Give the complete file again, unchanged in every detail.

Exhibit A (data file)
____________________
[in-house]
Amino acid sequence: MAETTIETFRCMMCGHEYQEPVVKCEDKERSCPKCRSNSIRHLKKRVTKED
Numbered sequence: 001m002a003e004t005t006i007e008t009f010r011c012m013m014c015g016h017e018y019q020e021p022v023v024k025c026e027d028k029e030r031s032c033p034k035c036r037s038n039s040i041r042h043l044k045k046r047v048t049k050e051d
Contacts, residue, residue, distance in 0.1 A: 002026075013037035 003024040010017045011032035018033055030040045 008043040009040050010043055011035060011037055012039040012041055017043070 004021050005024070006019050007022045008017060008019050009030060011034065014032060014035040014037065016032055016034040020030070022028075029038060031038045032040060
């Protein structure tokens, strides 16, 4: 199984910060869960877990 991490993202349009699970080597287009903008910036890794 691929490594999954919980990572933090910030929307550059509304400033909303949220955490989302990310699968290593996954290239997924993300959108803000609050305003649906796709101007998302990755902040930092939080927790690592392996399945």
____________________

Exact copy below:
[in-house]
Amino acid sequence: MAETTIETFRCMMCGHEYQEPVVKCEDKERSCPKCRSNSIRHLKKRVTKED
Numbered sequence: 001m002a003e004t005t006i007e008t009f010r011c012m013m014c015g016h017e018y019q020e021p022v023v024k025c026e027d028k029e030r031s032c033p034k035c036r037s038n039s040i041r042h043l044k045k046r047v048t049k050e051d
Contacts, residue, residue, distance in 0.1 A: 002026075013037035 003024040010017045011032035018033055030040045 008043040009040050010043055011035060011037055012039040012041055017043070 004021050005024070006019050007022045008017060008019050009030060011034065014032060014035040014037065016032055016034040020030070022028075029038060031038045032040060
């Protein structure tokens, strides 16, 4: 199984910060869960877990 991490993202349009699970080597287009903008910036890794 691929490594999954919980990572933090910030929307550059509304400033909303949220955490989302990310699968290593996954290239997924993300959108803000609050305003649906796709101007998302990755902040930092939080927790690592392996399945």